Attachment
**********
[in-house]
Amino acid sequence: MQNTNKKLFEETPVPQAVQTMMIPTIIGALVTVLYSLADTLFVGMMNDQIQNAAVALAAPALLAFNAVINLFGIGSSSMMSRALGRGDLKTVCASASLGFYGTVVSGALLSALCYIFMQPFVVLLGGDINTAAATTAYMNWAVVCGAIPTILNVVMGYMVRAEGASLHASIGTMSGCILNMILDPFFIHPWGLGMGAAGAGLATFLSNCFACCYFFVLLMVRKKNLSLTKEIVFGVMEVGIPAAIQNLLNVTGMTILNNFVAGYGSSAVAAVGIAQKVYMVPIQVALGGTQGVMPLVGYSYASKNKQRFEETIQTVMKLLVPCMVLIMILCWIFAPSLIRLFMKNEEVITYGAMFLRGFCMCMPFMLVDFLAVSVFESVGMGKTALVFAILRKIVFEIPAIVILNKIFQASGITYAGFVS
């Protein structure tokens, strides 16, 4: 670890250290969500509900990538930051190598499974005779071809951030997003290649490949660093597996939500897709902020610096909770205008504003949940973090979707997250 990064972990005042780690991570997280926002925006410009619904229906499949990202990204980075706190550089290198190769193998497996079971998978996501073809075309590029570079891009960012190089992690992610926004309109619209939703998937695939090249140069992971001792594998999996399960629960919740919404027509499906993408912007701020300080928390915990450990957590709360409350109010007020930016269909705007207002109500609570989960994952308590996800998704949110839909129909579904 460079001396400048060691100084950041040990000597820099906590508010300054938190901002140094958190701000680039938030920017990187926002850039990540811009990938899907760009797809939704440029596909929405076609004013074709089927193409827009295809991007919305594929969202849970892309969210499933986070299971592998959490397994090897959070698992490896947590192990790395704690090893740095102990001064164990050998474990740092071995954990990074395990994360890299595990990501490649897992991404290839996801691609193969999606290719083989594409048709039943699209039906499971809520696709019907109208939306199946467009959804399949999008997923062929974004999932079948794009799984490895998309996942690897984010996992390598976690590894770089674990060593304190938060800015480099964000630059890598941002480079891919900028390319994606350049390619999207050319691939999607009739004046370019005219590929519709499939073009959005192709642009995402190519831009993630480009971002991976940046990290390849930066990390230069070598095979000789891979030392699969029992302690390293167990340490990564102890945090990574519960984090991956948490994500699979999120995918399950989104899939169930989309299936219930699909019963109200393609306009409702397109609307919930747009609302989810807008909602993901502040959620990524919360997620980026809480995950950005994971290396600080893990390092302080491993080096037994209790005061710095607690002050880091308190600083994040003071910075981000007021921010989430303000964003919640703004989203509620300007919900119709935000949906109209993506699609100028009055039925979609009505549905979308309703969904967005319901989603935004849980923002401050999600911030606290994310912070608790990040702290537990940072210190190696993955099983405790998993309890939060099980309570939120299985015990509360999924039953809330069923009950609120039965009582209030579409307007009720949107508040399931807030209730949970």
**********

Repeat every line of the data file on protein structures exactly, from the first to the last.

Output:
[in-house]
Amino acid sequence: MQNTNKKLFEETPVPQAVQTMMIPTIIGALVTVLYSLADTLFVGMMNDQIQNAAVALAAPALLAFNAVINLFGIGSSSMMSRALGRGDLKTVCASASLGFYGTVVSGALLSALCYIFMQPFVVLLGGDINTAAATTAYMNWAVVCGAIPTILNVVMGYMVRAEGASLHASIGTMSGCILNMILDPFFIHPWGLGMGAAGAGLATFLSNCFACCYFFVLLMVRKKNLSLTKEIVFGVMEVGIPAAIQNLLNVTGMTILNNFVAGYGSSAVAAVGIAQKVYMVPIQVALGGTQGVMPLVGYSYASKNKQRFEETIQTVMKLLVPCMVLIMILCWIFAPSLIRLFMKNEEVITYGAMFLRGFCMCMPFMLVDFLAVSVFESVGMGKTALVFAILRKIVFEIPAIVILNKIFQASGITYAGFVS
């Protein structure tokens, strides 16, 4: 670890250290969500509900990538930051190598499974005779071809951030997003290649490949660093597996939500897709902020610096909770205008504003949940973090979707997250 990064972990005042780690991570997280926002925006410009619904229906499949990202990204980075706190550089290198190769193998497996079971998978996501073809075309590029570079891009960012190089992690992610926004309109619209939703998937695939090249140069992971001792594998999996399960629960919740919404027509499906993408912007701020300080928390915990450990957590709360409350109010007020930016269909705007207002109500609570989960994952308590996800998704949110839909129909579904 460079001396400048060691100084950041040990000597820099906590508010300054938190901002140094958190701000680039938030920017990187926002850039990540811009990938899907760009797809939704440029596909929405076609004013074709089927193409827009295809991007919305594929969202849970892309969210499933986070299971592998959490397994090897959070698992490896947590192990790395704690090893740095102990001064164990050998474990740092071995954990990074395990994360890299595990990501490649897992991404290839996801691609193969999606290719083989594409048709039943699209039906499971809520696709019907109208939306199946467009959804399949999008997923062929974004999932079948794009799984490895998309996942690897984010996992390598976690590894770089674990060593304190938060800015480099964000630059890598941002480079891919900028390319994606350049390619999207050319691939999607009739004046370019005219590929519709499939073009959005192709642009995402190519831009993630480009971002991976940046990290390849930066990390230069070598095979000789891979030392699969029992302690390293167990340490990564102890945090990574519960984090991956948490994500699979999120995918399950989104899939169930989309299936219930699909019963109200393609306009409702397109609307919930747009609302989810807008909602993901502040959620990524919360997620980026809480995950950005994971290396600080893990390092302080491993080096037994209790005061710095607690002050880091308190600083994040003071910075981000007021921010989430303000964003919640703004989203509620300007919900119709935000949906109209993506699609100028009055039925979609009505549905979308309703969904967005319901989603935004849980923002401050999600911030606290994310912070608790990040702290537990940072210190190696993955099983405790998993309890939060099980309570939120299985015990509360999924039953809330069923009950609120039965009582209030579409307007009720949107508040399931807030209730949970």